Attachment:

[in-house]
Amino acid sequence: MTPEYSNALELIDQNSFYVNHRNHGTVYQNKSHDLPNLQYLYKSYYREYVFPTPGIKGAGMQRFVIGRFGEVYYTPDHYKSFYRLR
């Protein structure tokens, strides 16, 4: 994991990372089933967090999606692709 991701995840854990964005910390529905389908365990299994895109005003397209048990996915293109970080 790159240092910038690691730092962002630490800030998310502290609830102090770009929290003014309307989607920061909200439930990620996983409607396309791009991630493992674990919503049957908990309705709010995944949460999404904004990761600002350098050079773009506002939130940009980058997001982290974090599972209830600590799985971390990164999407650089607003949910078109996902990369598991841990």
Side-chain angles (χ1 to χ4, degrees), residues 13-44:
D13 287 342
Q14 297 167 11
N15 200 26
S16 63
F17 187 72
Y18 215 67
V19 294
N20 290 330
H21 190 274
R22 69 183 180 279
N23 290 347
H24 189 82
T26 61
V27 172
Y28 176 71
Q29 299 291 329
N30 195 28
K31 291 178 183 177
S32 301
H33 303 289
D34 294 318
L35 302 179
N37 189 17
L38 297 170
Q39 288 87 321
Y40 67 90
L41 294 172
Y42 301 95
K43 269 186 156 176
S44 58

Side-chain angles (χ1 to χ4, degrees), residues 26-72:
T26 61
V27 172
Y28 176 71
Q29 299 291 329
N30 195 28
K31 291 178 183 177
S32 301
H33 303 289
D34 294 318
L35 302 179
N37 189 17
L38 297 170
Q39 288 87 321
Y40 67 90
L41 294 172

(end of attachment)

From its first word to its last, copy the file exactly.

[in-house]
Amino acid sequence: MTPEYSNALELIDQNSFYVNHRNHGTVYQNKSHDLPNLQYLYKSYYREYVFPTPGIKGAGMQRFVIGRFGEVYYTPDHYKSFYRLR
């Protein structure tokens, strides 16, 4: 994991990372089933967090999606692709 991701995840854990964005910390529905389908365990299994895109005003397209048990996915293109970080 790159240092910038690691730092962002630490800030998310502290609830102090770009929290003014309307989607920061909200439930990620996983409607396309791009991630493992674990919503049957908990309705709010995944949460999404904004990761600002350098050079773009506002939130940009980058997001982290974090599972209830600590799985971390990164999407650089607003949910078109996902990369598991841990």
Side-chain angles (χ1 to χ4, degrees), residues 13-44:
D13 287 342
Q14 297 167 11
N15 200 26
S16 63
F17 187 72
Y18 215 67
V19 294
N20 290 330
H21 190 274
R22 69 183 180 279
N23 290 347
H24 189 82
T26 61
V27 172
Y28 176 71
Q29 299 291 329
N30 195 28
K31 291 178 183 177
S32 301
H33 303 289
D34 294 318
L35 302 179
N37 189 17
L38 297 170
Q39 288 87 321
Y40 67 90
L41 294 172
Y42 301 95
K43 269 186 156 176
S44 58

Side-chain angles (χ1 to χ4, degrees), residues 26-72:
T26 61
V27 172
Y28 176 71
Q29 299 291 329
N30 195 28
K31 291 178 183 177
S32 301
H33 303 289
D34 294 318
L35 302 179
N37 189 17
L38 297 170
Q39 288 87 321
Y40 67 90
L41 294 172